Canadian Necrology Database – University of Toronto
This is a page of resources for the province of Ontario, Canada.
Ontario (Canada West) joined Confederation on July 1, 1867, one of the original 4 provinces.
Prior to that, the Act of Union created the Province of Canada in 1841, which consisted of Canada West (Ontario) and Canada East (Quebec).
After the 1941 Act of Union creating the Province of Canada, a decision was made to enumerate the population to determine parliamentary representation. This may help explain the emphasis on specifically enumerating the numbers of immigrants from England, Ireland, Scotland, France, and the USA.
The second census of the Province of Canada.
Library and Archives Canada has a single searchable database for Canada East (Quebec), Canada West (Ontario), New Brunswick, and Nova Scotia.
The third census of the Province of Canada.
Like the 1851 Census above, Library and Archives Canada has a single searchable database for Canada East (Quebec), Canada West (Ontario), New Brunswick, and Nova Scotia. The census of Canada West was begun on January 14, 1861.
If you haven’t been on LAC lately, it’s worth another look. In 2019, LAC rolled out my three favourite words in the English language: centralized database search. Bearing in mind that the usual spelling issues still apply, you can now search all the collections at once.
The Canada Gazette also published notices of divorce, which got me really excited for a while, but I was only able to find Notices of Divorce where at least one party was from Quebec or Ontario. Unfortunately, work on digitizing the Gazette has stopped, and this site is archived, so it’s unlikely there will be more coming in future.
Hospitals, Mental and long term care, 1921
I’ve found the locations of two hospital records in the 1921 Canada census for the Toronto area. Here are the links from Ancestry (which should be available to you even without a subscription):
- The Hospital for the Insane, Toronto City, Ward 5. There are 16 pages of census results here, so roughly 800 patients;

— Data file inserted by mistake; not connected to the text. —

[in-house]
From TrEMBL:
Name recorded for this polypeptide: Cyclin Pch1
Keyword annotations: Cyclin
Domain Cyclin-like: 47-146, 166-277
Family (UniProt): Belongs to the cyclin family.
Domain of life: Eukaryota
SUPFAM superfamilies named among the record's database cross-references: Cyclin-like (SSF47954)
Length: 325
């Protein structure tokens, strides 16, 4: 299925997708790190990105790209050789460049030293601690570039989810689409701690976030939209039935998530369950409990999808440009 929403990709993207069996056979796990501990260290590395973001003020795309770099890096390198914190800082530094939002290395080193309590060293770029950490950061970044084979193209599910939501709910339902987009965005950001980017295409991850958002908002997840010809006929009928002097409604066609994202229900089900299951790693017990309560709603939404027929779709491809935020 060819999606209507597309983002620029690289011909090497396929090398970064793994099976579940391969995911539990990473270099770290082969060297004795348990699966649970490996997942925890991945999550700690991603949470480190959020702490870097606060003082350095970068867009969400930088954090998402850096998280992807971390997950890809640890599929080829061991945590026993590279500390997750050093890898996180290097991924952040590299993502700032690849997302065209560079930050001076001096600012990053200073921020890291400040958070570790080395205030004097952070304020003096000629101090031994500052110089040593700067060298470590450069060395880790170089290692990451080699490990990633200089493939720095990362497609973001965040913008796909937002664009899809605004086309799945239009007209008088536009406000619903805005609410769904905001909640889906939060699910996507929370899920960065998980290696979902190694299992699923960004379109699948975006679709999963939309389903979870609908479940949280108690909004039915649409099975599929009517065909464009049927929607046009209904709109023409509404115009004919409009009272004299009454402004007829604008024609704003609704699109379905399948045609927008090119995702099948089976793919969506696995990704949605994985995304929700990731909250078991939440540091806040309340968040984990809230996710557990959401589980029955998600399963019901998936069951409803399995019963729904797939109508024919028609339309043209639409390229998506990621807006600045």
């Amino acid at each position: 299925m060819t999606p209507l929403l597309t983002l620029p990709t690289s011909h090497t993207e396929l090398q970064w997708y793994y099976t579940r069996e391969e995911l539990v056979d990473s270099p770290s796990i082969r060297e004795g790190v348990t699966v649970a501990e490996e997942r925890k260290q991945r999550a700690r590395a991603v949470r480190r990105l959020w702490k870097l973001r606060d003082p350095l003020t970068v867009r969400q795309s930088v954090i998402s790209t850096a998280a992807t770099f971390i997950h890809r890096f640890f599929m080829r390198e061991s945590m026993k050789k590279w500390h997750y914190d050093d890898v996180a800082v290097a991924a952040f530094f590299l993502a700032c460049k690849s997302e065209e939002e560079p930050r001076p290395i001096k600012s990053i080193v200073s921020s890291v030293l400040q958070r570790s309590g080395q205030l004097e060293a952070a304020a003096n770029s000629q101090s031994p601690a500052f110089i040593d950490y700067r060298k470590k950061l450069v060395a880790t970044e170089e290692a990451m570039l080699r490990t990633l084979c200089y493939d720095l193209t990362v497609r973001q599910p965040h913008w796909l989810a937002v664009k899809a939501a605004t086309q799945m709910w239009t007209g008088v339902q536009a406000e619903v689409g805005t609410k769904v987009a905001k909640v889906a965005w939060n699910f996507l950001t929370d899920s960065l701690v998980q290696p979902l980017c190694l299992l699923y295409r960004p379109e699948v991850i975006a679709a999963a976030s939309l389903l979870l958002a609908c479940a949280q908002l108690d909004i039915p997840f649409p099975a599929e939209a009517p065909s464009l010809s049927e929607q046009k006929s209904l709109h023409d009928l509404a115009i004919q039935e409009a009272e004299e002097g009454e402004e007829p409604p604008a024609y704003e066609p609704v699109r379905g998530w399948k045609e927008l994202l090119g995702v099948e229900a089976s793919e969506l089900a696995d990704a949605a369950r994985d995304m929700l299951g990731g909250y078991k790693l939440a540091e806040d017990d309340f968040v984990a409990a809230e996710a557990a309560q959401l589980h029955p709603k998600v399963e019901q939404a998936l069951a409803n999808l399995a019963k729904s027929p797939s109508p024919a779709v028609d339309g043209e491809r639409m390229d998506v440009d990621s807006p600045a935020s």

- The awful sounding Hospital for Incurables, Toronto City South, Ward 44. There are about 250 patients listed here.
This is an odd one, and a total Hail Mary shot in the dark, but there is a slim chance your ancestor left a will in …BC. I found 200+ entries for wills for ON residents in this index, which is a list compiled by the AGS. There are also wills for Alberta, Saskatcheawn, Manitoba, England, Scotland, etc.
Staffed by volunteers and once a great site, but seems to now have some issues resulting in many broken links (Aug 2018). Hoping it’ll recover, so I’ll leave this link up for now.
The OGS is one of the largest – if not the largest – genealogical society in the country. Haven’t tried its resources yet (Aug 2018) but will report back with a fuller review when I do.
It’s like going to garage sales, genealogy-style. Enter a family name and see what comes up! I tried a couple of my Ontario old family names and got 1000 hits, the first 20 of which were newspaper announcements. I can see a few Sunday afternoons being spent on this site.
Until I find a collection as rich in free ditigal newspapers for western Canada, I’m going to live in a state of total envy for Ontario family lines. This link will take you to over 200 newspapers, all searchable at once. I did a quick search for my husband’s family lines and was immedidately overwhelmed with results. Definitely coming back on a lazy Sunday when I’ve got more time..!
Prisons – Mercer Reformatory for Females
I was looking at the 1921 Canada census for the asylum records (see above) and found the Mercer Reformatory for Females. Here’s the link from Ancestry, which should be free to access. There are ~130 inmates listed, mostly from Ontario and the UK.
The Andrew Mercer Reformatory for Women has a dark history. Built in 1872 with grand ideals of being a home for its female inmates, it was sometimes a place where women were sent for the crime of getting pregnant outside of marriage. It was closed in 1969 under allegations of beatings, torture, experimental science and eugenics. A true horror story.
The government of Ontario will fill death certificate requests for genealogy searches. There is a fee.
I love it when bloggers get creative with genealogical resources and organize information that’s helpful for everyone. Jane MacNamara has done exactly that with her table of links to the Toronto City Directories, organized by year. You’ll have to do another search once you’re within the archives of Ontario, but I can see the huge benefit of having a single table.
Bonus: if you read the comments below the table, you’ll glean a wealth of details about the directories as well.